Don’t let grammar be a big problem

Grammar: don’t let it be a big problem
Lower intermediate to advanced level (B1-C1) 

Learning English outside the UK, the US, Australia etc can often be about learning ‘grammar’. This makes people think you need to know ‘rules’ before you can speak or write. However, in my experience, a heavy focus on a grammar problem can stop people learning and communicating. Continue reading

Listening: A wide range of science podcasts

Listening: a wide range of science podcasts
Lower intermediate to advanced level (B1/C2)

If you are interested in science, technology or medicine, you can stream or download a very large number of podcasts from the Naked Scientists, a team of scientists, doctors and communicators based at Cambridge University’s Institute of Continuing Education (ICE). Science podcasts

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Listening: Good website for podcasts

Listening: Good website for English podcasts
All levels


Here is a link to nearly 300 English podcasts from a teacher called Luke: 
These ones have full transcripts:

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Pronunciation: The ə sound in British English

Pronunciation: the ə sound
Elementary to advanced level (A2-C1)

The ə sound is everywhere in English. It’s almost impossible to speak British English for more than a few seconds and not use ə! It is not a letter but many vowels can be pronounced /ə/. Continue reading

Grammar: List of irregular verbs

Grammar: a list of irregular verbs in groups
All levels

Most irregular verbs are used a lot in English so they are important verbs to learn. In this list they are grouped, for example, by spelling or pronunciation. This should make them easier to remember. Continue reading

Pronunciation: English sounds

Pronunciation: English sounds
All levels

If you want to hear the individual sounds of English, you can use Adrian Underhill’s interactive phonemic chart. Just click on the symbol to hear the sound and an example word. There is also a great free app  Continue reading

Pronunciation: Silent ‘e’

Pronunciation: silent ‘e’
Elementary to Intermediate (A1-B1)

English pronunciation has changed over hundreds of years. Today you will often see a silent letter ‘e’ at the end of words. This ‘e’ often shows that the vowel sound in the syllable before it is long. Continue reading

Reading: choosing the right book to read

Reading: book level test (graded readers)
All levels

Reading is very important if you want to improve your English quickly. It shows you hundreds of examples of good grammar. It also teaches you a lot of vocabulary and expressions. Seeing the same words again and again will help you remember the words you learnt in the past. However, you need to find reading of the right level for you.   Continue reading

Pronunciation: Stressing and unstressing

Pronunciation: not stressing syllables
All levels

Effective English pronunciation is often about deciding which part of a word is important and which part or parts are not important. If a syllable is not important, we often change the standard vowel sound to something more relaxed. You should try to learn how to do this.  Continue reading

Reading: British weather

Elementary to Intermediate (A2-B2)

Britain doesn’t have the best reputation for weather. In some ways this is unfair because people sometimes think London is frequently foggy when in fact London is very rarely like this. Of course 70 years ago people burned a lot of coal to keep themselves warm and this produced some terrible smogs in the big cities. Continue reading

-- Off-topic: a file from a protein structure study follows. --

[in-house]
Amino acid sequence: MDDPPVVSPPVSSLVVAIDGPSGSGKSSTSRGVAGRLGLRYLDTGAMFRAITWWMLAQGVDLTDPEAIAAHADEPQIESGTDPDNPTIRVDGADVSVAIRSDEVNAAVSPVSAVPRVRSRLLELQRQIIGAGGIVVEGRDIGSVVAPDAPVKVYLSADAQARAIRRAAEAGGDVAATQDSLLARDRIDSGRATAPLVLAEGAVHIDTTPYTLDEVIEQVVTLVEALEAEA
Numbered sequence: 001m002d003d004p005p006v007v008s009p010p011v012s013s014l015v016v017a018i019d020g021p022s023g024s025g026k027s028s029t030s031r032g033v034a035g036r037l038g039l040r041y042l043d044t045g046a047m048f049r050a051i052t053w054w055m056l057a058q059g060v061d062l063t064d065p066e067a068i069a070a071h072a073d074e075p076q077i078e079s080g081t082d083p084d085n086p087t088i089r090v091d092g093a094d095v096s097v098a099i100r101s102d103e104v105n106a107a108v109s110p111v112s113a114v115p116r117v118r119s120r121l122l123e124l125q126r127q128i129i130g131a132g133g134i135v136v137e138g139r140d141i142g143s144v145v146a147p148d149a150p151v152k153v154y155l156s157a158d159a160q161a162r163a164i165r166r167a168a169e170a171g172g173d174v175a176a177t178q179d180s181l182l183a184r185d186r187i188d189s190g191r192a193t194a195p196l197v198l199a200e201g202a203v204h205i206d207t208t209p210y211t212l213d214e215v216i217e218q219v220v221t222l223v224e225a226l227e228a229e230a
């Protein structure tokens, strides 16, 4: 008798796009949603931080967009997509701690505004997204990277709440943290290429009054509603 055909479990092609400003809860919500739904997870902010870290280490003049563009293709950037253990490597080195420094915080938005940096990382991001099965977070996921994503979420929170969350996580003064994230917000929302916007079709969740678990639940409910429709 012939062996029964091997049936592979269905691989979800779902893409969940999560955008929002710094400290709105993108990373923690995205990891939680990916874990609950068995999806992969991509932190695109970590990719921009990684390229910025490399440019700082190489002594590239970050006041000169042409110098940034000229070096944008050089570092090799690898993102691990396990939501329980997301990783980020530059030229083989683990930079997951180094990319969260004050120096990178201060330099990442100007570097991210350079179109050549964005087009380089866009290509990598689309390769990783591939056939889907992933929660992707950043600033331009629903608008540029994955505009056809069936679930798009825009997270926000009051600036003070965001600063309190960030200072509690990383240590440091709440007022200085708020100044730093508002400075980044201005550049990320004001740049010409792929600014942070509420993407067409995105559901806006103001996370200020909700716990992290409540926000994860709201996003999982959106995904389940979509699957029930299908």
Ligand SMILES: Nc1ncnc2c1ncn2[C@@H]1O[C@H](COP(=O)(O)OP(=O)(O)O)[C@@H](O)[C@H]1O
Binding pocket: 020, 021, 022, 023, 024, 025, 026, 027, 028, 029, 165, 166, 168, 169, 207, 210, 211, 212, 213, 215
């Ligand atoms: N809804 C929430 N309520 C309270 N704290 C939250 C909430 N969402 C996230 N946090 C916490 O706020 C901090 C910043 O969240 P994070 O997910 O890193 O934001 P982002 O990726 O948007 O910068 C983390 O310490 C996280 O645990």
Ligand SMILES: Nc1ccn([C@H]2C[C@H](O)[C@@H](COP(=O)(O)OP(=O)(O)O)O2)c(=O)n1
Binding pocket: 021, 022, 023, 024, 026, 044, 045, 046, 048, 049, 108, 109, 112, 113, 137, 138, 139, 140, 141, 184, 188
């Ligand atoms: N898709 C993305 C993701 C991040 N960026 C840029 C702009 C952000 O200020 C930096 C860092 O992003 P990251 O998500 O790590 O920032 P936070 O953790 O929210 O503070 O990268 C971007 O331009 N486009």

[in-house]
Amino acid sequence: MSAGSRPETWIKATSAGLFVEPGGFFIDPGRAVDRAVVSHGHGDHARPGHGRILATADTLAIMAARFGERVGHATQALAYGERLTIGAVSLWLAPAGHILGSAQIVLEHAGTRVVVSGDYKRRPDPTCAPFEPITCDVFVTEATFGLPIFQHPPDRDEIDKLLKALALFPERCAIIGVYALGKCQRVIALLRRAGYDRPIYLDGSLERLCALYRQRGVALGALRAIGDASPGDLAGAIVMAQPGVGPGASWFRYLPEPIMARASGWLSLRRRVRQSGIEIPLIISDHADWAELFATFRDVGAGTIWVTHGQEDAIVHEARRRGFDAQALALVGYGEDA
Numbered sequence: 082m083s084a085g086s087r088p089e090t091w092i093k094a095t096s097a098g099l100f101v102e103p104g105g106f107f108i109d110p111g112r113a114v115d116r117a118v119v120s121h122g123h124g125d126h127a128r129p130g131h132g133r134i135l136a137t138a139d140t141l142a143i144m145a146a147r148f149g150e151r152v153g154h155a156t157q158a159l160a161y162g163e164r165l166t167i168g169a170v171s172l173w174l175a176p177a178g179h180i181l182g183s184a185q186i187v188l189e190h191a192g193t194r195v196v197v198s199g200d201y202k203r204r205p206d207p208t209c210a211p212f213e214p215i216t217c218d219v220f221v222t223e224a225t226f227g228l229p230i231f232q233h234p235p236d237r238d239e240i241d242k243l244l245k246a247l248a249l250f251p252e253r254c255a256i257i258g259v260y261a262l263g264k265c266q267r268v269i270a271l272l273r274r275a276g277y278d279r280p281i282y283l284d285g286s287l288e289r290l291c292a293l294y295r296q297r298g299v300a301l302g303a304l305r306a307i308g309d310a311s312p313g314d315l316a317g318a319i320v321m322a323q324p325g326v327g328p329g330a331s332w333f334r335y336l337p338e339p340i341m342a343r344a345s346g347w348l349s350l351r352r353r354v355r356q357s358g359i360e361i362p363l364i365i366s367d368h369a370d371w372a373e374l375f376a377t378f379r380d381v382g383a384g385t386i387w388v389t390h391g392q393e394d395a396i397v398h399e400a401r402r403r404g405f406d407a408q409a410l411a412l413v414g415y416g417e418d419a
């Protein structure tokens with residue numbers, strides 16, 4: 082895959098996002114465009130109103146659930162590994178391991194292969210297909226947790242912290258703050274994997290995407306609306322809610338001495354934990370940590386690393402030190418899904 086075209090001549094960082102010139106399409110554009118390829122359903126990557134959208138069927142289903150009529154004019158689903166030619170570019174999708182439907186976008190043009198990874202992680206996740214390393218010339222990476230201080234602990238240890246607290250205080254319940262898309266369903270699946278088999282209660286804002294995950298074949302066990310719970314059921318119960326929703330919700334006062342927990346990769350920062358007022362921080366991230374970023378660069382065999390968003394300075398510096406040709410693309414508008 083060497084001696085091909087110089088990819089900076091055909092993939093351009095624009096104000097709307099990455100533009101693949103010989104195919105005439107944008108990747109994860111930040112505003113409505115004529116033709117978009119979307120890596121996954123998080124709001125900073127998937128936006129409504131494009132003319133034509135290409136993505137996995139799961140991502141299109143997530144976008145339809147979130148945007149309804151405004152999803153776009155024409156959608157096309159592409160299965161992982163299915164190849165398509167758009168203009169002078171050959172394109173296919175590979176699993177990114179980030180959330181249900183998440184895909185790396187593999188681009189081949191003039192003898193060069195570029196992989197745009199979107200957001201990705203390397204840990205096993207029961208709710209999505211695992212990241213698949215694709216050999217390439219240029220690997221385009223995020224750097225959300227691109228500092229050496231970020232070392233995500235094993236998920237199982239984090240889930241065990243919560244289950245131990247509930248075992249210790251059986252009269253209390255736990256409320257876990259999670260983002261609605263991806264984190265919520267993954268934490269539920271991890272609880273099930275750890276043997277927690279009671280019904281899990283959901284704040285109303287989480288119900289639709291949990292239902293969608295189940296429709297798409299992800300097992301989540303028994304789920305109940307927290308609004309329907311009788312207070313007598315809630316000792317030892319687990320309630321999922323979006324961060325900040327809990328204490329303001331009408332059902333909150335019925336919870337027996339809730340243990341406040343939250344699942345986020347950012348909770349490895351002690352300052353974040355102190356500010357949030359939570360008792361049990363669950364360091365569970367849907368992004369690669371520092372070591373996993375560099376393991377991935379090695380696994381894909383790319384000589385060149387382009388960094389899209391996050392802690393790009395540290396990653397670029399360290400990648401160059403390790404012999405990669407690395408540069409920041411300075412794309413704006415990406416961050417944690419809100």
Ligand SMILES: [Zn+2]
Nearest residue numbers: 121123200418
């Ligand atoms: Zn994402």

Pronunciation: Syllable stress practice

Pronunciation: syllable stress
Pre-intermediate to advanced level (A2-C2)

The highest mountain in Britain is Ben Nevis in Scotland. However I think the real mountains are in the language! Some students speak English with a flat accent but this makes their pronunciation very difficult to understand.  Continue reading

Vocabulary: A sporting week full of adverbs

Lower level (A1/A2)

You use the words in bold to talk about how often you do something:

Every Sunday morning I play golf with my friends. After the 18th hole we always have a large lunch and then go home. On Mondays I often play tennis with my cousin Susan at her sports club. If I don’t play tennis I watch horse racing on TV. Continue reading

Pronunciation: Which sound is different?

Pronunciation: vowel sounds
Elementary to intermediate level English (A2/B2)

English pronunciation is not very phonetic so it is useful to remember groups of words that have similar sounds. On each line 3 words have the same vowel sound but 1 is different. Which one is it? Continue reading

Writing: Organisation is key

Writing: organising 
Intermediate to higher level (B1-C1)

What is most important when you write? Is it grammar or vocabulary? In my opinion it is the organisation of sentences and paragraphs. Without a logical organisation, a piece of writing is often very difficult to read and understand.  Continue reading

Reading and listening: The boat race

Reading and listening
Intermediate level (B1-B2)

The annual Oxford and Cambridge boat race had to be stopped after an Australian protester swam in front of the boats. The race was restarted and Cambridge went on to win. What I don’t understand is why he needed to get so close to the boats and risk his life.

Listen Boat race

This famous university boat race started in 1829 after a challenge between 2 school friends. It takes place on the River Thames in West London every year. The course is 4.2 miles long – about 6.8 km. So far Cambridge have won 81 races and Oxford have only won 77. In 1877 it was a draw!

In its history there have been striking crew members and boats sinking so this years incident is just one of many.